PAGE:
CELTIC Fotball Club has joined Scotland's pre-eminent historian, leading broadcasters and figures from academia and the legal profession have called for the scrapping of the SNP Government's controversial football laws.

Professor Sir Tom Devine, pressure group Liberty, television executive and journalist Stuart Cosgrove and broadcasting colleague Tam Cowan

have joined dozens of others from public life calling for a repeal of the Offensive Behaviour at Football Act.

The historian Professor Tom Gallagher, both co-convenors of the Scottish Green party, Patrick Harvie and Maggie Chapman, several prominent Labour Party figures, former snooker world champion John Higgins, and author and playwright Alan Bissett have also signed a petition for the Act to be overturned.

Celtic later added the club's voice to the calls, claiming the legislaton was "unworkable" and should be "repealed in the interests of all football supporters and football clubs".

Sir Tom said: "I argued strongly against this to no avail before the Justice Committee of the Parliament before its implementation.

"The legislation is likely to go down in history as the most illiberal and counterproductive  act passed by  our young Parliament to date.

"‎Pushed through by the  SNP government with no concern for the considered views of other parties and expert evidence to the contrary,  it remains a stain on on the  reputation of the Scottish legal system for fair dealing."


The petition criticises the Act, which received Royal Assent in January 2012, just nine months after the Old Firm 'shame game' which heralded it, as "an unjustifiable attack on freedom of speech and the rights’ of fans to political expression".

It also describes it as "a clumsy political response to one football match".

The move comes as the pressure group leading the charge against the Act, Fans Against Criminalisation, appear in front of the Scottish Parliament's public petitions committee on Tuesday calling on the "Government to hold a full and comprehensive review of the Offensive Behaviour at Football and Threatening Communications (Scotland) Act 2012 with a view to having this Act repealed".

It also comes on the eve of the election campaigns for the Holyrood elections in May.

The petition states: "We, the undersigned, call on the Scottish Government to repeal the Offensive Behaviour at Football and Threatening Communications (Scotland) Act 2012.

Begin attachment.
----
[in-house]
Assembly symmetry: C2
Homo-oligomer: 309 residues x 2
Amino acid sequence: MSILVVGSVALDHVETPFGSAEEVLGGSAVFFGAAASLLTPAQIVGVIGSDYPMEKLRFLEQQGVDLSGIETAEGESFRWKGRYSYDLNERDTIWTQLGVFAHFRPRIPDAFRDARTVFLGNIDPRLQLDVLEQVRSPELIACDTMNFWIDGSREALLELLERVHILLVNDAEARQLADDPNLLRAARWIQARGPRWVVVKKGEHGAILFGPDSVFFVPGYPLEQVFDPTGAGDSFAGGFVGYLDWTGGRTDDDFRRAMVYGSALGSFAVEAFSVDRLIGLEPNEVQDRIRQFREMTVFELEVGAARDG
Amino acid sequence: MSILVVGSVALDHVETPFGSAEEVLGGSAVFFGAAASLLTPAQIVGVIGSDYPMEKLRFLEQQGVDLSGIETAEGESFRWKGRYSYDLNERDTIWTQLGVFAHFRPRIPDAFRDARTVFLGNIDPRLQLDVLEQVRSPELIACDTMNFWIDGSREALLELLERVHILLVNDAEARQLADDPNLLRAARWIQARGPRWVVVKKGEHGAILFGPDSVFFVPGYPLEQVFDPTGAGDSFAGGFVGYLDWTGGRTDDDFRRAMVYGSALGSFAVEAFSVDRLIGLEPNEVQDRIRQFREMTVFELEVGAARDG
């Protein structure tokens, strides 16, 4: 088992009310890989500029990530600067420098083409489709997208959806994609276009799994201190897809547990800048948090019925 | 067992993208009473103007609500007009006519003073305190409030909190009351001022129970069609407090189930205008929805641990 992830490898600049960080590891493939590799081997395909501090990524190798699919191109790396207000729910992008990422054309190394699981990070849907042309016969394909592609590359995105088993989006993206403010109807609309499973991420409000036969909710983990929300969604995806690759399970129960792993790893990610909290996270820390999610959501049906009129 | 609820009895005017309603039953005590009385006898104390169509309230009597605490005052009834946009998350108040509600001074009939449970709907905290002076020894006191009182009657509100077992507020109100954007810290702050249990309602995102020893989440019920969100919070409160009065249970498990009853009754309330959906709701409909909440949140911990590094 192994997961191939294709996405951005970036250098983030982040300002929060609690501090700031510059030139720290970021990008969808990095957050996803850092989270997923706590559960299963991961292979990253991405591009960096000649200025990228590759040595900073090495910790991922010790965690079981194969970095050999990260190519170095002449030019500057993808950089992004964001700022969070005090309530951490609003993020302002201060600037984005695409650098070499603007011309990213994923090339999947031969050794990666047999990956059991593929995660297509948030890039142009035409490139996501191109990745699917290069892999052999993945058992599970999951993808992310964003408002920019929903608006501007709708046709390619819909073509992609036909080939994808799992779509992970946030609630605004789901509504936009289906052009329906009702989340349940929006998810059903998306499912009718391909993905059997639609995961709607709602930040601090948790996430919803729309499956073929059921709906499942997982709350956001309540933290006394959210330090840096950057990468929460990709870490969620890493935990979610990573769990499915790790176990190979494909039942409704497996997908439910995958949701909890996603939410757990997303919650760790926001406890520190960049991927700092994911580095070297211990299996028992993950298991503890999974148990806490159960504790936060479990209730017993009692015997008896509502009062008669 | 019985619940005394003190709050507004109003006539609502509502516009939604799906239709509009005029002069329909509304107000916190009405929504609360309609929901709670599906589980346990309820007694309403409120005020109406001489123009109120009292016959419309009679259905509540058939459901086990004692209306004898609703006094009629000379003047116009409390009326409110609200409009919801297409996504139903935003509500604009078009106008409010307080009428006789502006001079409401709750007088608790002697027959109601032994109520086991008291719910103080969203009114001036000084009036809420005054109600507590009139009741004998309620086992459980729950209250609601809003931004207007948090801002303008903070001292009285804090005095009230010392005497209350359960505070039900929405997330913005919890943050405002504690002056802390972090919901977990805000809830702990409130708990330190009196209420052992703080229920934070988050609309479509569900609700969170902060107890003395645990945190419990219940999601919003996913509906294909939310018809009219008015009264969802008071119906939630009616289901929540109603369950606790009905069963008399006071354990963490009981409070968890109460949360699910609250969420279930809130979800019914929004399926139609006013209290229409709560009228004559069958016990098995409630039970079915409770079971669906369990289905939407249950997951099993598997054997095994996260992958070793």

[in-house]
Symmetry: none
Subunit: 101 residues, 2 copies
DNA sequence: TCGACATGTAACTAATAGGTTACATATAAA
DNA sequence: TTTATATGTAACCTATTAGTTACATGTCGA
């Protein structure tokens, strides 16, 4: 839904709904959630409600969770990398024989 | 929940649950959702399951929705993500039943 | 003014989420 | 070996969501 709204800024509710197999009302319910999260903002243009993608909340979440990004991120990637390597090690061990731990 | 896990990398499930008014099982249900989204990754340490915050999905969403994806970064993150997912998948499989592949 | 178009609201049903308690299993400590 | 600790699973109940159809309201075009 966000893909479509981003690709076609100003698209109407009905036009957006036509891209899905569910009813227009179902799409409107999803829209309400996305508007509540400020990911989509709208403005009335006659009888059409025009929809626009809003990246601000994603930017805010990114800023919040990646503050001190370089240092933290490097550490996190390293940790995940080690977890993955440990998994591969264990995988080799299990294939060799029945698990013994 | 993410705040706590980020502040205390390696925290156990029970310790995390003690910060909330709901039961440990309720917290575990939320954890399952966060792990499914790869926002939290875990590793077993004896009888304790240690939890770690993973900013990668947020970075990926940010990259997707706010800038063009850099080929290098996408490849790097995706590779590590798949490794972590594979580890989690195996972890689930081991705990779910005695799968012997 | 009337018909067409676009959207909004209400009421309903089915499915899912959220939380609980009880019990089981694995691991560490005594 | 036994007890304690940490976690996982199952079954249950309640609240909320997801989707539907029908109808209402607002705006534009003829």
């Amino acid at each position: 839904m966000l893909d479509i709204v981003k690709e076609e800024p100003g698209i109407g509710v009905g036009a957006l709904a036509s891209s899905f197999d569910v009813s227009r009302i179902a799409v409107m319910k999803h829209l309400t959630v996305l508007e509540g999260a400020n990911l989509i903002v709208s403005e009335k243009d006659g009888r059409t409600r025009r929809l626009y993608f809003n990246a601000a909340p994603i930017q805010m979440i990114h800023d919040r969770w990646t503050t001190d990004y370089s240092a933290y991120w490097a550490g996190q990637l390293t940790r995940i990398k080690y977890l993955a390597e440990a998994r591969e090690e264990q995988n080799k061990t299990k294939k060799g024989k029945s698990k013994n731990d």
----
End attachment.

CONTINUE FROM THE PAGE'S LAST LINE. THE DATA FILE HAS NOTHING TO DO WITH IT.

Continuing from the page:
"We do so on the basis that it is wrong to create a law which applies to one demonised sector of society, which this act does to football fans. It is by definition a discriminatory piece of legislation and we also note that the Government has failed in its commitment outlined in its Equality Impact Assessment to carry out an equalities audit in regard to this law.

"We also oppose this legislation on the basis that it is practically impossible and inherently dangerous to criminalise offensiveness. This Act is therefore an unjustifiable attack on freedom of speech and the rights’ of fans to political expression.

"This legislation was a clumsy political response to one football match which serves only to unjustly criminalise football supporters and should be repealed as a matter of urgency."

Although accounting for only a tiny percentage of convictions in Scotland over the past few years, the law has however dogged the Government with opponents continuing to fight a high-profile campaign against it.

Critics have said it points to an illiberalism within the SNP and a denial of free speech, as well as accusations of poorly drafted legislation and disproportionate policing.

In response, ministers and supporters of the Act have repeatedly pointed to opinion polls calling for tougher action on sectarianism, while last summer the Government, courts and prosecution officials all signalled they wanted to make more use of civil bans rather than criminal punishments for those who flaunt the controversial legislation.

A Celtic spokesman said: "We have consistently opposed this legislation from the outset as it has been used to create a general presumption that different laws should apply to football supporters as distinct from society as a whole.

"We reiterate our position that the Act should be repealed. 

"We encourage and promote positive behaviour within football at all times and welcome any attempt to do likewise. 

"However, this Act is unworkable, and once again we call for it to be repealed in the interests of all football supporters and football clubs."

A Scottish Government spokeswoman said: "Since the introduction of the Offensive Behaviour at Football and Threatening Communications Act, religious crimes are down, race crimes are down, crimes in relation to individuals' sexuality are down and we’ve seen a decrease in crimes of offensive behaviour at or in relation to regulated football matches in Scotland showing the Act has delivered real improvements.

“The Act sends out a clear message that Scotland is a country which will not tolerate any form of prejudice, discrimination or hate crime, and it gives police and prosecutors an additional tool to tackle this behaviour."

Other signatories include George Galloway, co-founder of the Rangers Standard Alasdair McKillop, River City actor Gary Lamont, academic Stuart Waiton, Professor Willie Maley, Maureen McBride of the Scottish Centre for Crime and Justice Research and several leading solicitors.